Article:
Marissa Findlay

Last Friday I assisted Marissa Findlay on a shoot for The Guide magazine. Marissa’s fashion photographs have a stylish yet casual feel. It was great to see her in action working with models, stylist, assistants, hair and make-up to produce (seemingly) effortlessly beautiful images.

I can’t wait to see the feature next month!

Here is a video of another Findlay shoot from 1am magazine.

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Night Mail

While studying photography I was fortunate enough to see the 1936 documentary Night Mail twice. The film is an experimental documentary about the postal train travelling from London to Scotland. It was screened by David Reid at Nottingham Trent University and also Peter Rae while at HfK Bremen.

It is an interesting document of people’s lives in the 1930s but also a perfect piece in its own right. This 24 minute film is a triumph of innovative camera work, storytelling, excitement and poetry all matched to the timbre of the sound of the train wheels.

Sadly youtube doesn’t hold a candle to seeing the film on a cinema screen.

On the subject of post, I recently read that in 1680s London there were up to 10 deliveries a day. Perhaps the modern complaint of being too ‘connected’ with Twitter, email and mobile phones isn’t such a modern one after all.

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Charles Howells & Juliet Taylor

I went to the AIPA‘s annual photography conference Image Nation in Auckland last weekend. There were a dozen speakers including a magazine art director, an advertising agency executive, digital creatives and all flavours of commercial photographer specialising in automotive, architectural, food, fashion, art, documentary and skate photography.
The incredibly talented, innovative and hard working fashion photographers Charles Howells and Juliet Taylor presented their work and discussed their working style on Sunday afternoon and it was fascinating to hear how differently they approached their shoots. Howells is a very quietly spoken and thoughtful man who told of being rather ‘cold’ with the models he shoots “they are professionals, there to do a job and so am I”. Taylor on the other hand appeared atop the highest of heels swathed in designer clothes and blood red lipstick. She showed footage from her shoots of her leaping around the studio with music blaring.
Two brilliant photographers with completely different ways of working and equally wonderful results. I would love to see shoots from both photographers featuring the same model.

Charles Howells


Juliet Taylor

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Out of Focus

Who says photographs need to be sharp?

Hiroshi Sugimoto

Constanze Vielgotz

Simon Devitt

Virgilio Ferriera

Imogen Cunningham

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Censorship

Some time ago I was exploring antique shops beneath Hamburg railway station. I was surprised to see that the Nazi medals and other paraphernalia had been censored using stickers and tape.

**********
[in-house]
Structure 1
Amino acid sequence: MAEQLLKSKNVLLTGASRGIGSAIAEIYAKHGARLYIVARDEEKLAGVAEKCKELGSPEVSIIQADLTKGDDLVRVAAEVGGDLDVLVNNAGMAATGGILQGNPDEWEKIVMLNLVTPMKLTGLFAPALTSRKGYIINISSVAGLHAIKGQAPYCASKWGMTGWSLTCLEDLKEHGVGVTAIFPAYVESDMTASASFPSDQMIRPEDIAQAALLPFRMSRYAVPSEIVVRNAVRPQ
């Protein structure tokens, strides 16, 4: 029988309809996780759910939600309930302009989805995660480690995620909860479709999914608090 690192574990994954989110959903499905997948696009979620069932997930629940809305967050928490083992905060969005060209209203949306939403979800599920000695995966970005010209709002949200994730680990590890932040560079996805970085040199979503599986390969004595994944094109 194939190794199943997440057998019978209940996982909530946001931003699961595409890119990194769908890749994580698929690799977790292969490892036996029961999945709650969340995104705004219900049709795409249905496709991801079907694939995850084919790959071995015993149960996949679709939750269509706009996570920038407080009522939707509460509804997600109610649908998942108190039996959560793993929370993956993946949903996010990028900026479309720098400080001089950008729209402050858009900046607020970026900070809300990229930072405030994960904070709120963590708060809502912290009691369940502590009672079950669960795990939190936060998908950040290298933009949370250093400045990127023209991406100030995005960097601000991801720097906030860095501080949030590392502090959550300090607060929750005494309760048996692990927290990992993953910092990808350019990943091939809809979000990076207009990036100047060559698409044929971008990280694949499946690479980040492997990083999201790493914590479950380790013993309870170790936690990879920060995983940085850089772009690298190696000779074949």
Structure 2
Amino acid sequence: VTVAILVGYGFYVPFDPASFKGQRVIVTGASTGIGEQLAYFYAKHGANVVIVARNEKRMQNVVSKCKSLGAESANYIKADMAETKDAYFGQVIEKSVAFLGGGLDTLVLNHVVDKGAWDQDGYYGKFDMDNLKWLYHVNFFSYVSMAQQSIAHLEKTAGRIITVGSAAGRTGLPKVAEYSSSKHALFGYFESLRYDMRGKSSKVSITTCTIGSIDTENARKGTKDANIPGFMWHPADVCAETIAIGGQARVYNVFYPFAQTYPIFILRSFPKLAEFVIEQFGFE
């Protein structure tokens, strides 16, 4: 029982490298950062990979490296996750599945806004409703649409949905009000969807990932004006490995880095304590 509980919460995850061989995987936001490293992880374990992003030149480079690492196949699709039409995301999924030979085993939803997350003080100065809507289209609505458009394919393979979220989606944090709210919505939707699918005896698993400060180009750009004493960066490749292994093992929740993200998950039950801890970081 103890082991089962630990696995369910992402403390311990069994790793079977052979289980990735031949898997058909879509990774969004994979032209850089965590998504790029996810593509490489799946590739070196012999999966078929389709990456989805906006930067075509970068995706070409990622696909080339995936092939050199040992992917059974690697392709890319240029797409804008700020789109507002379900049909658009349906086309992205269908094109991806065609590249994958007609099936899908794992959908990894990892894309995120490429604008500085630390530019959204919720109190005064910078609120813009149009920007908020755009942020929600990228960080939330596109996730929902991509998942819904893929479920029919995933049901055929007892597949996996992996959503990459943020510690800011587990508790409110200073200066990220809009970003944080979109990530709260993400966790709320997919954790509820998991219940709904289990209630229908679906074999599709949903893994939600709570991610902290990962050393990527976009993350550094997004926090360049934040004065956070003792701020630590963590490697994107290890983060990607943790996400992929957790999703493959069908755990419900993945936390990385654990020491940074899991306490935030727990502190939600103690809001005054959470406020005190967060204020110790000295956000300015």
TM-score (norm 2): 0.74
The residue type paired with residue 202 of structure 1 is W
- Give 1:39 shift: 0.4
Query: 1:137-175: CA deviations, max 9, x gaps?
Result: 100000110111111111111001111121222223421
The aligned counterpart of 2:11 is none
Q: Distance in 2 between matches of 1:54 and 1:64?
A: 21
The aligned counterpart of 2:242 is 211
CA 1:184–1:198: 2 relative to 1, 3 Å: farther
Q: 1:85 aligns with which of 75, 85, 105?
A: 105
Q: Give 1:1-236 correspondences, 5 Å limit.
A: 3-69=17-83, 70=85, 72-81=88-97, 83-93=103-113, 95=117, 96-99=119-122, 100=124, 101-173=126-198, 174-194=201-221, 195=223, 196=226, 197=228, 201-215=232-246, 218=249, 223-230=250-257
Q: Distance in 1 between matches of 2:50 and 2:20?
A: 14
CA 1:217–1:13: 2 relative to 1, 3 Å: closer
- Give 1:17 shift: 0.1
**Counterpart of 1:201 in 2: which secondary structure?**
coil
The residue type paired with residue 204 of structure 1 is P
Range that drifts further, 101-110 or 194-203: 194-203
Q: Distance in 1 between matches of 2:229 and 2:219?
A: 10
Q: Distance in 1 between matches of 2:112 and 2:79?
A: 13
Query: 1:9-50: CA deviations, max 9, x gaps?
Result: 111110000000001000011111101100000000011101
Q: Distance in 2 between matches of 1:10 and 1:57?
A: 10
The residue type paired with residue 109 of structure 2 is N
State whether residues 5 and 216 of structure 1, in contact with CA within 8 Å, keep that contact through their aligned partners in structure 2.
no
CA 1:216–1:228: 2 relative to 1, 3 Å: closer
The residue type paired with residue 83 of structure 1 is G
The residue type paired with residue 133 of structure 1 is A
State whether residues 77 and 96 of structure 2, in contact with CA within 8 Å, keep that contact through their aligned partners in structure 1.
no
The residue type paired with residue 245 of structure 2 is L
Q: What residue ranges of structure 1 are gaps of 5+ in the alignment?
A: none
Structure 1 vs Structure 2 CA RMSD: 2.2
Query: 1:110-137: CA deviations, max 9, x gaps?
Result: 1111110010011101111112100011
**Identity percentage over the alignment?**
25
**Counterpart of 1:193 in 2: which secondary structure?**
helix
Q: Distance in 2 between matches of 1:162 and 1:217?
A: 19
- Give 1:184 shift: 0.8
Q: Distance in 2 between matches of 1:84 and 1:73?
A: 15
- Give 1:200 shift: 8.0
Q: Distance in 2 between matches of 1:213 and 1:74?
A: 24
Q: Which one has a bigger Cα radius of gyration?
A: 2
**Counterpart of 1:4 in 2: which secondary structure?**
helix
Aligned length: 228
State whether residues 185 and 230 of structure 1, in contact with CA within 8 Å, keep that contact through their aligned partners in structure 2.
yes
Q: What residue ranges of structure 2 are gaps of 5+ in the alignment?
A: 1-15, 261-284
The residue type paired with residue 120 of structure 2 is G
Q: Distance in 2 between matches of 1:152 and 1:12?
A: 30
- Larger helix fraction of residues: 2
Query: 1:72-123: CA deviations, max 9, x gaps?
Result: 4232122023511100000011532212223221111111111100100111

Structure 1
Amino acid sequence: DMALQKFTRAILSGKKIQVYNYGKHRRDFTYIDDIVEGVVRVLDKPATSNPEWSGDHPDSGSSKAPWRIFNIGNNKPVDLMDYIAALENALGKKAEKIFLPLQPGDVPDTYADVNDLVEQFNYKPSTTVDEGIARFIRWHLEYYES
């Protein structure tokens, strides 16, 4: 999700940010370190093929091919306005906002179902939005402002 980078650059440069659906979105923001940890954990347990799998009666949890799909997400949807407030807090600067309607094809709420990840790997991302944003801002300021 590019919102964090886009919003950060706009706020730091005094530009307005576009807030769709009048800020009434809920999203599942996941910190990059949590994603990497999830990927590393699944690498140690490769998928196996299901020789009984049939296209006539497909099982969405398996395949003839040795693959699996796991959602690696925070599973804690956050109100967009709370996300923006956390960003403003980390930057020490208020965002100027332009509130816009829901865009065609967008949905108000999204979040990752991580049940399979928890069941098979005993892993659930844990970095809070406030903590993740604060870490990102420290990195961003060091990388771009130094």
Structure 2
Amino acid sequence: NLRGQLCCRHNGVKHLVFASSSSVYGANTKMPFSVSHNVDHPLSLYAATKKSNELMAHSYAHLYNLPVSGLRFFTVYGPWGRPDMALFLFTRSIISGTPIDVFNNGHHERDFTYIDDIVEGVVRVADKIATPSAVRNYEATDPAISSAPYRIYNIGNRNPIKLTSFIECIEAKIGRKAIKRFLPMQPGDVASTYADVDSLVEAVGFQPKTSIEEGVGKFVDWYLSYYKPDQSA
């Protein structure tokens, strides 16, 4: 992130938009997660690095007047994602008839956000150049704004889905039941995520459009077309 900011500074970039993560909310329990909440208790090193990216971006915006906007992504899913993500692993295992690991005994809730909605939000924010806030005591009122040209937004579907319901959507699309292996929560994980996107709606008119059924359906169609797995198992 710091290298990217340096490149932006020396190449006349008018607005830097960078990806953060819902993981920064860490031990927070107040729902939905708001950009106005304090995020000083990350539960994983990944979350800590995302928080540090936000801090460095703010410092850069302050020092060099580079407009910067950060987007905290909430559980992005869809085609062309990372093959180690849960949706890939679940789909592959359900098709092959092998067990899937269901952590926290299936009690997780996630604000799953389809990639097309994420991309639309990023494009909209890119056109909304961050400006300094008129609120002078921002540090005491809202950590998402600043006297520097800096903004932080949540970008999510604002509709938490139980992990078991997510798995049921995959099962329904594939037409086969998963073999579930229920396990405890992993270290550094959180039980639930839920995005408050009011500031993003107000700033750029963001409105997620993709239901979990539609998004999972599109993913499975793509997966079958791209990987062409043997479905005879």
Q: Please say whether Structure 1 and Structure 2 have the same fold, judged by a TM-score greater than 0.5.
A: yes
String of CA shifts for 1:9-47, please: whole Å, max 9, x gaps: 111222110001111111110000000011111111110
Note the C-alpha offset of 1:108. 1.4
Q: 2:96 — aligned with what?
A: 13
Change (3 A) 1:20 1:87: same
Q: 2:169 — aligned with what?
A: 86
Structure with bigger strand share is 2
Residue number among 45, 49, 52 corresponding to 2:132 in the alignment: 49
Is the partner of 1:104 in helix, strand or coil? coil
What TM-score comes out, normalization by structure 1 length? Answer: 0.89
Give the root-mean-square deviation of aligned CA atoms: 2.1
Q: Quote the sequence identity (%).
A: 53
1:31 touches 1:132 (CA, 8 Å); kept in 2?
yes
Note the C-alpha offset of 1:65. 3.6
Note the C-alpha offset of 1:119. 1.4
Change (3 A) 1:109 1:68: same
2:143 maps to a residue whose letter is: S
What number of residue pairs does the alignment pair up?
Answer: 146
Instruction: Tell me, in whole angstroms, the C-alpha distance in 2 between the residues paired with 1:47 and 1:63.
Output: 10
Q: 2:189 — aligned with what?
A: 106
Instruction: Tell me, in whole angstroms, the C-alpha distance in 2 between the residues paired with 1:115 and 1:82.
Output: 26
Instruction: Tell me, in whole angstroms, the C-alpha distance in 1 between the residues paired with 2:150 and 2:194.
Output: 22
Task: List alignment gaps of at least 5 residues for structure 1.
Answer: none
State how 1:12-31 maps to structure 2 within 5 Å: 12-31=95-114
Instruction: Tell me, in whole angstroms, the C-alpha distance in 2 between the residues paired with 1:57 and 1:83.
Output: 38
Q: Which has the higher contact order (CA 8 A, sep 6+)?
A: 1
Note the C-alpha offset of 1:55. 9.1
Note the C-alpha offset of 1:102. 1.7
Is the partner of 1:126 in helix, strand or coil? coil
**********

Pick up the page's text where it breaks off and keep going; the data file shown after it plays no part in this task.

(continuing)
I surreptitiously took these snaps with a digital compact. Click to see them full size.

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Clare de Rouen Gallery

Clare de Rouen is the best photography bookshop in London. It is above a sex shop on Charing Cross Road. Although it is tiny, it is packed with rare and beautiful photography books.

At the back of the shop is a hall and staircase. A couple of years ago they converted this otherwise useless space into a gallery.

I made this video with a Flip camera of the group exhibition titled ‘A Looking Glass Eye: 21st Century London’ in September ’08. It innovatively showed the work of a couple of dozen very talented London photographers such as Steven Gill.

http://www.clairederouenbooks.com

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Bill Owens

I bloody love the work of Bill Owens.

When I was studying in Bremen I came across his 1970s books ‘Suburbia‘ and ‘Leisure‘ which are wonderful.

What really makes the images for me are the quotes which accompany each image. Unfortunately none of the photographs on the web show these quotes so you will have to get the book out of the library. Or, if you have a spare £20 you will not regret buying Suburbia.

There is an good interview with Owens here:
http://www.insidedigitalphoto.com/radio-….dio-june-2-2007
which you can put on your ipod.

Interesting points are how he carries around little model release cards which he takes people’s email addresses on. Also about how he has a plan/script for shooting before going on trips. Reminded me a little of an interview I read with Alec Soth.

He talks about how he loves digital now and he’ll never go back to film. It may or may not be a coincidence that I love the photographs he made on film but think that his recent work is pretty ‘pub standard’.

Check out his recent work and weird movies here:
www.billowens.com

I also like that he runs a brewery and is the president of the American Distilling Institute!

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